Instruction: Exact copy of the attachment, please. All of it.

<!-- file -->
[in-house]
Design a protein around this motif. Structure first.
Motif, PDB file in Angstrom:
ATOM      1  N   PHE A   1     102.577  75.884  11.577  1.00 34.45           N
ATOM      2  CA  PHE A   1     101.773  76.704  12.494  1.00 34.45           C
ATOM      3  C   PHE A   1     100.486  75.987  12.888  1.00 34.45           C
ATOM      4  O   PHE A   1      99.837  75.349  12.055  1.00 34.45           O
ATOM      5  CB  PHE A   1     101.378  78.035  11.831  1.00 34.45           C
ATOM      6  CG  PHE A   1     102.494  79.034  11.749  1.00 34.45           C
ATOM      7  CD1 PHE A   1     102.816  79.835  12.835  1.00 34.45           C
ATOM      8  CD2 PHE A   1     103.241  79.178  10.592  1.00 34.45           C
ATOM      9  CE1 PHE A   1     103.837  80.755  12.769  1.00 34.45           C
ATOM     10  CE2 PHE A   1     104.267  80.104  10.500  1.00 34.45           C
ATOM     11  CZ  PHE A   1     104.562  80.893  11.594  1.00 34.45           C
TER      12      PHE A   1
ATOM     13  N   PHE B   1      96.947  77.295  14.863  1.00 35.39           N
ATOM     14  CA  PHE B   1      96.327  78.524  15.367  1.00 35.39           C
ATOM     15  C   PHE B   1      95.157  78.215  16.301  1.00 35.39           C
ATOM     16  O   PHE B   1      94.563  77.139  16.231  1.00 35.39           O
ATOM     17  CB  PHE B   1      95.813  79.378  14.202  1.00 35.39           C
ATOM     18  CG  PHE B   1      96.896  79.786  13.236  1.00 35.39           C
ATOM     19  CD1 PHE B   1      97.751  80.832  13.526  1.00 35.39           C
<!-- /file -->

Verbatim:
[in-house]
Design a protein around this motif. Structure first.
Motif, PDB file in Angstrom:
ATOM      1  N   PHE A   1     102.577  75.884  11.577  1.00 34.45           N
ATOM      2  CA  PHE A   1     101.773  76.704  12.494  1.00 34.45           C
ATOM      3  C   PHE A   1     100.486  75.987  12.888  1.00 34.45           C
ATOM      4  O   PHE A   1      99.837  75.349  12.055  1.00 34.45           O
ATOM      5  CB  PHE A   1     101.378  78.035  11.831  1.00 34.45           C
ATOM      6  CG  PHE A   1     102.494  79.034  11.749  1.00 34.45           C
ATOM      7  CD1 PHE A   1     102.816  79.835  12.835  1.00 34.45           C
ATOM      8  CD2 PHE A   1     103.241  79.178  10.592  1.00 34.45           C
ATOM      9  CE1 PHE A   1     103.837  80.755  12.769  1.00 34.45           C
ATOM     10  CE2 PHE A   1     104.267  80.104  10.500  1.00 34.45           C
ATOM     11  CZ  PHE A   1     104.562  80.893  11.594  1.00 34.45           C
TER      12      PHE A   1
ATOM     13  N   PHE B   1      96.947  77.295  14.863  1.00 35.39           N
ATOM     14  CA  PHE B   1      96.327  78.524  15.367  1.00 35.39           C
ATOM     15  C   PHE B   1      95.157  78.215  16.301  1.00 35.39           C
ATOM     16  O   PHE B   1      94.563  77.139  16.231  1.00 35.39           O
ATOM     17  CB  PHE B   1      95.813  79.378  14.202  1.00 35.39           C
ATOM     18  CG  PHE B   1      96.896  79.786  13.236  1.00 35.39           C
ATOM     19  CD1 PHE B   1      97.751  80.832  13.526  1.00 35.39           C